“He is fond of it, in his manner,” Mycroft said. “Although when I took him to see The Bells at the Lyceum, he mentioned neither the acting nor the writing, but went on about the costumes and makeup!”


As the carriage drew nearer and Huan fought for preeminence among cabs, carts and brewers’ drays, Mycroft could see three figures underneath the theatre’s great colonnade. One he recognized immediately: the profile reminiscent of a bird of prey, the tall, angular, even consumptive frame. If his identity had been in doubt, the instrument case that lay nearby—which Mycroft knew held a vielle, the five-string precursor of the violin, and Sherlock’s latest passion—would have clinched it.

The two shorter, well-planted fellows were Sherlock’s best and likely only friends, a strange set of twins named Eli and Asa Quince. They had longish hair the color of wet sand, and features so punctiliously carved that they could have been mistaken for ventriloquists’ dummies.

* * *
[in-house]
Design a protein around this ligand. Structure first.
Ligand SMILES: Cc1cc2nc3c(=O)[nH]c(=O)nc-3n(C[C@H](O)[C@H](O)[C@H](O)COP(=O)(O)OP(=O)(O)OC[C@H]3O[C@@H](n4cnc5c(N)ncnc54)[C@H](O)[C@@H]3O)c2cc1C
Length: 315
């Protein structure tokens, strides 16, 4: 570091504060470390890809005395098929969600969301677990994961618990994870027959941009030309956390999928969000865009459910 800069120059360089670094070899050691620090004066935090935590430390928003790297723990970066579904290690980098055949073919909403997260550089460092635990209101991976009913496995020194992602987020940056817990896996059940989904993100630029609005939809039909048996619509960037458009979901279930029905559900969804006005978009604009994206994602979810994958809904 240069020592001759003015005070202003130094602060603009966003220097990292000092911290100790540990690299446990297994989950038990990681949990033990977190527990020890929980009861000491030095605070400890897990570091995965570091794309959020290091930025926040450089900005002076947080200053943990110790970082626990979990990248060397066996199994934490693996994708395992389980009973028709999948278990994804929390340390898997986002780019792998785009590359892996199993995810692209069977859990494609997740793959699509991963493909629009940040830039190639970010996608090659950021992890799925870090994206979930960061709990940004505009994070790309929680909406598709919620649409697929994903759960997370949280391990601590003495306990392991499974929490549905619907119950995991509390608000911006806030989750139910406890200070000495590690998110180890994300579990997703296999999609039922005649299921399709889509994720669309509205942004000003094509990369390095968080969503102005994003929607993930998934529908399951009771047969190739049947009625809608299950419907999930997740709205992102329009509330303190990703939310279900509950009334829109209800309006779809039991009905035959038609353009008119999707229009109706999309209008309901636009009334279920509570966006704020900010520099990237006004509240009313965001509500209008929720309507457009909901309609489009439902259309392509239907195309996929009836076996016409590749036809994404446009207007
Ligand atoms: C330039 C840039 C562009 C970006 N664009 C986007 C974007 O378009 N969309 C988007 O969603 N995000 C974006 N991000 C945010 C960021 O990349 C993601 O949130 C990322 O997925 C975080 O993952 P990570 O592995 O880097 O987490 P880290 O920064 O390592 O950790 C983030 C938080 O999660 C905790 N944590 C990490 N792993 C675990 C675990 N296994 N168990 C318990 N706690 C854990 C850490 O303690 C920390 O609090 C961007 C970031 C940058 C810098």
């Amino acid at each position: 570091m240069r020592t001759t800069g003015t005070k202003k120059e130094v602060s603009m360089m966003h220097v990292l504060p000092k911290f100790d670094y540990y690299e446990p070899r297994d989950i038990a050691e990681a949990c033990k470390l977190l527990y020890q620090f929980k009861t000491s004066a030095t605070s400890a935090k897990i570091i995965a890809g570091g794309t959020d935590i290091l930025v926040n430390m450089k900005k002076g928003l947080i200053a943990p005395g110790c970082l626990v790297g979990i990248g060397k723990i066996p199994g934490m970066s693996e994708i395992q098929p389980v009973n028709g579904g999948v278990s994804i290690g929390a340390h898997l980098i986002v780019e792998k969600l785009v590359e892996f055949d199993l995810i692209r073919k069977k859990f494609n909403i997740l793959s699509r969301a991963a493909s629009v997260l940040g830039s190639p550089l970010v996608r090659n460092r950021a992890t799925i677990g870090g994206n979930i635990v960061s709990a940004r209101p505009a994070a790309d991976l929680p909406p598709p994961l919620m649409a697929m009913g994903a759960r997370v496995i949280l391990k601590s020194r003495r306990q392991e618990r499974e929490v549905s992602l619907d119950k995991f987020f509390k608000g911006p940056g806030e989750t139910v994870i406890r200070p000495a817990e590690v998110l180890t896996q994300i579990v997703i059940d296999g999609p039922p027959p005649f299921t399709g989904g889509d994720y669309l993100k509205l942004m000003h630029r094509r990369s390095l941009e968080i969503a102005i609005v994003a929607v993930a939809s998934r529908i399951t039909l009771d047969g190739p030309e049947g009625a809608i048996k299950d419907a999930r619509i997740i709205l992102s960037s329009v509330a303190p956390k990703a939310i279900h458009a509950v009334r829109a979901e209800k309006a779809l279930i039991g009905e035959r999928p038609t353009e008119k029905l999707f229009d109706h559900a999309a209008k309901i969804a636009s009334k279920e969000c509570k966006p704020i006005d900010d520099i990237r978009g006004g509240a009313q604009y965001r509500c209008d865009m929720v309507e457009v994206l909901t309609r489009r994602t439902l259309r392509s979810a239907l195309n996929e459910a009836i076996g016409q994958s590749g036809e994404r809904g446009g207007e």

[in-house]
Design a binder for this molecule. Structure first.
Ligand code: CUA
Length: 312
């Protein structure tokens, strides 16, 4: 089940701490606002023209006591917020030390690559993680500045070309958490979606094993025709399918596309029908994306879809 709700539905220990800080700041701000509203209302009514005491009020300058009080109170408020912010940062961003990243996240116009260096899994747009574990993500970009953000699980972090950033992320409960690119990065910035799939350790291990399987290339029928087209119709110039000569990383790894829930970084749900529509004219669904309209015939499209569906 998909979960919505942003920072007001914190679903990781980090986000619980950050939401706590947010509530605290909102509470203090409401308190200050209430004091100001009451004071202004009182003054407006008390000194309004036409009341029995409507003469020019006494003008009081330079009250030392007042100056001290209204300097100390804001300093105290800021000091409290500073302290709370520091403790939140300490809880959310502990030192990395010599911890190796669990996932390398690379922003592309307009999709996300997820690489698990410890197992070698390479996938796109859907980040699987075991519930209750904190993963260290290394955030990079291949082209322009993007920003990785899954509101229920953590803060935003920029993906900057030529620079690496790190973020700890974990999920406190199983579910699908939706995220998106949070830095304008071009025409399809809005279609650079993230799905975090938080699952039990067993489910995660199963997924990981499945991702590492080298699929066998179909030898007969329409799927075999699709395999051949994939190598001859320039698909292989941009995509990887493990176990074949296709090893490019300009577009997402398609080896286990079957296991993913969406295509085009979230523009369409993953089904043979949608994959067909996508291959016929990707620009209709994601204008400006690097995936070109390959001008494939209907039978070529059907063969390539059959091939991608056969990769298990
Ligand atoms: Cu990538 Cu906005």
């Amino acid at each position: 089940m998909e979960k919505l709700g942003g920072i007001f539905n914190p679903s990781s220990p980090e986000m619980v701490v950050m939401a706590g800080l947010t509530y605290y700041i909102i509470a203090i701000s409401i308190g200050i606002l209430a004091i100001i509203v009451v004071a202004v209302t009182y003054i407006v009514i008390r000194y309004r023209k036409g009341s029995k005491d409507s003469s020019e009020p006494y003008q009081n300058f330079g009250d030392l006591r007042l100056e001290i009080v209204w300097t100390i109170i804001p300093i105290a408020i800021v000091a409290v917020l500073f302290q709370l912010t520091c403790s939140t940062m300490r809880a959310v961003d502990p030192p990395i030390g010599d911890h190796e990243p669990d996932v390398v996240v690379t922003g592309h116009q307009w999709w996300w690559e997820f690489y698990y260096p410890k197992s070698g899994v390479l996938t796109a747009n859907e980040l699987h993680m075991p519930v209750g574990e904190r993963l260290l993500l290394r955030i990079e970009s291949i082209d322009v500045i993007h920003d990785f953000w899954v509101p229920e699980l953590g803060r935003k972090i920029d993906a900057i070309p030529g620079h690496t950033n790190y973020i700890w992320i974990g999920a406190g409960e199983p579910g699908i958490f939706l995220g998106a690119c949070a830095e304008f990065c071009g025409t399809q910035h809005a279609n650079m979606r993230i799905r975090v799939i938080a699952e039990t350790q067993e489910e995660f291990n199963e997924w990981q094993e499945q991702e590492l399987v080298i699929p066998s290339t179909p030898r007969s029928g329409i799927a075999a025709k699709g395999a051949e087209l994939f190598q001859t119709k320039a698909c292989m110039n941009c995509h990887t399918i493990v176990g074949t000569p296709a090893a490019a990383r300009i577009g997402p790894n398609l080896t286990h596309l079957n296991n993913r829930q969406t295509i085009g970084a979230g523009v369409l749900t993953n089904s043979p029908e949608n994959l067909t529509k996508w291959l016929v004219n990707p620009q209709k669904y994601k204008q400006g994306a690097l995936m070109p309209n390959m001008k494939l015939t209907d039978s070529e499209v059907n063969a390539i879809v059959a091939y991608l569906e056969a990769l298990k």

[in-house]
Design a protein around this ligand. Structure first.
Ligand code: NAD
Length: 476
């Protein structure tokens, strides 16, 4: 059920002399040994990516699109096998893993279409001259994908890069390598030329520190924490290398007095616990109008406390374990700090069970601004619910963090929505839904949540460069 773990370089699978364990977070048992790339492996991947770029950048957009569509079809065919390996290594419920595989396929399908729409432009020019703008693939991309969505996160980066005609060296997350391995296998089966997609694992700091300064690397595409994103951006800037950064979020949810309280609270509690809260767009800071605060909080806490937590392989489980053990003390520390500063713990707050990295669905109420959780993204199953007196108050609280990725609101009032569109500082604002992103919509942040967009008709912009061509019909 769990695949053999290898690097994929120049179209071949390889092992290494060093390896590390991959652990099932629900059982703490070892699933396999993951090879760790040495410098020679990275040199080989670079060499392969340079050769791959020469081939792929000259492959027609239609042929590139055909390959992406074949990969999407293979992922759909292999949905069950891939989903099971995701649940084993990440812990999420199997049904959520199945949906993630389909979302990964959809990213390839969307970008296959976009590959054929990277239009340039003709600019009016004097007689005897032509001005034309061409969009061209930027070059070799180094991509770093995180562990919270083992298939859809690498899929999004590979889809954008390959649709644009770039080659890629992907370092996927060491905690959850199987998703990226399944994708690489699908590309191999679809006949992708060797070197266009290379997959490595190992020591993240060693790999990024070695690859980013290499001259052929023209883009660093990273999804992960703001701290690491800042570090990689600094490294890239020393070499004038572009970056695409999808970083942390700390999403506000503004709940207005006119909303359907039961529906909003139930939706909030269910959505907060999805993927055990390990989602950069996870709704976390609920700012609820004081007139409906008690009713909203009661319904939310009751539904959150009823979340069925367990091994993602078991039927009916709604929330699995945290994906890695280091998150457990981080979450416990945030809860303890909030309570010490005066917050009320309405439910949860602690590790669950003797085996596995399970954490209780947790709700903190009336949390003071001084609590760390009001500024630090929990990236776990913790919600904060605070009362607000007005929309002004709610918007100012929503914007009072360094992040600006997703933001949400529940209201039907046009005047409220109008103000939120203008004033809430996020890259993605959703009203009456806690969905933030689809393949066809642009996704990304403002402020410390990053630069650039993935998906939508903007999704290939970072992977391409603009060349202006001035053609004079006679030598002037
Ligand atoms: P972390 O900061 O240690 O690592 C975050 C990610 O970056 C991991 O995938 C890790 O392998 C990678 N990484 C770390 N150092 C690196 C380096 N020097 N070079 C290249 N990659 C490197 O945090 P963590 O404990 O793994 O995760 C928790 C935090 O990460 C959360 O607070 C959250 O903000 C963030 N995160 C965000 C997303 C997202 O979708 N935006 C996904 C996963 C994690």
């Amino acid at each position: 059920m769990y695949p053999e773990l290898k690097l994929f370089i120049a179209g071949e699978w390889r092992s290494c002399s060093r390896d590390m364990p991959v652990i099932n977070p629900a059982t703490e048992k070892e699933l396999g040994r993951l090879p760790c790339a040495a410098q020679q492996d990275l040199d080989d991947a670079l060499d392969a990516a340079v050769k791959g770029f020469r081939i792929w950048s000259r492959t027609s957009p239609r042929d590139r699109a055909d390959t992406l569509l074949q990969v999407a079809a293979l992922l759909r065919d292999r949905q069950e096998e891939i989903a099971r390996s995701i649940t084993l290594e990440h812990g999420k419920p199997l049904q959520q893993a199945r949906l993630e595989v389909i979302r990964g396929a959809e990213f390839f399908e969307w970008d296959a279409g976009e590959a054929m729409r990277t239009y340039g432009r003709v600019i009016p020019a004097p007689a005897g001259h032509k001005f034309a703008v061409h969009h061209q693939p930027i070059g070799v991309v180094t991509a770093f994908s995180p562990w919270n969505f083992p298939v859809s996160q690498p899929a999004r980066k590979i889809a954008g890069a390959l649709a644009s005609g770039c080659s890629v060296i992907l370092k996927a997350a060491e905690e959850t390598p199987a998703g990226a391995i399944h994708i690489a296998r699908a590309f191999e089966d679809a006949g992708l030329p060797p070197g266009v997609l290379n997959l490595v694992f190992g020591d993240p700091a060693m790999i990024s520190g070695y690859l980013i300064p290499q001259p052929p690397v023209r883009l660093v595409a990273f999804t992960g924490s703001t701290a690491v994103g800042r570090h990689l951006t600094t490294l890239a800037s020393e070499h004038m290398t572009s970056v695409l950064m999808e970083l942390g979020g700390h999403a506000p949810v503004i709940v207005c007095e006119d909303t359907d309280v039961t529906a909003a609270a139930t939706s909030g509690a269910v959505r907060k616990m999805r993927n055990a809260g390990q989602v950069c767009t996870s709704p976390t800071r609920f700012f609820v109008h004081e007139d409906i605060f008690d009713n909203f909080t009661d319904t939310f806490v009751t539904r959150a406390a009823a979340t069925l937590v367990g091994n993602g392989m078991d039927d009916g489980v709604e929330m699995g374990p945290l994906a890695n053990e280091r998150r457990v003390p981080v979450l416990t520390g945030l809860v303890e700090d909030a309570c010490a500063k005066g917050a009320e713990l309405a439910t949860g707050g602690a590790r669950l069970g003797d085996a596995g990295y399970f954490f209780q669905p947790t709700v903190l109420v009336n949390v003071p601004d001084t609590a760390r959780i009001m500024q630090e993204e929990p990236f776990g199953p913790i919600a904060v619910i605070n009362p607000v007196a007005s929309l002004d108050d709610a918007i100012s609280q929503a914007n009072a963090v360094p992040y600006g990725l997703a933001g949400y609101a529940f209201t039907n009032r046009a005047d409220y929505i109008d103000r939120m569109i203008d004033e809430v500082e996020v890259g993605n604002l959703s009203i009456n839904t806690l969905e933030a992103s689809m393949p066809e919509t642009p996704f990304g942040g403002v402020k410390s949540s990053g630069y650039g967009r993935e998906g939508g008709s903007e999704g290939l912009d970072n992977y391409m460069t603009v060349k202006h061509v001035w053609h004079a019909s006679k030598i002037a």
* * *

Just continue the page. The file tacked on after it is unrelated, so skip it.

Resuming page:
Despite the frigid November morning, there they were— the three eccentrics of Downing College in their shirtsleeves— practicing a combat of their own design that incorporated boxing but which also involved a short staff. They were using the columns as obstacles and barricades. And although the theater would not open for several more hours, why the proprietor was not coming after the boys with the pointy end of a broom was a mystery to Mycroft.

Sherlock was beating the stuffing out of them.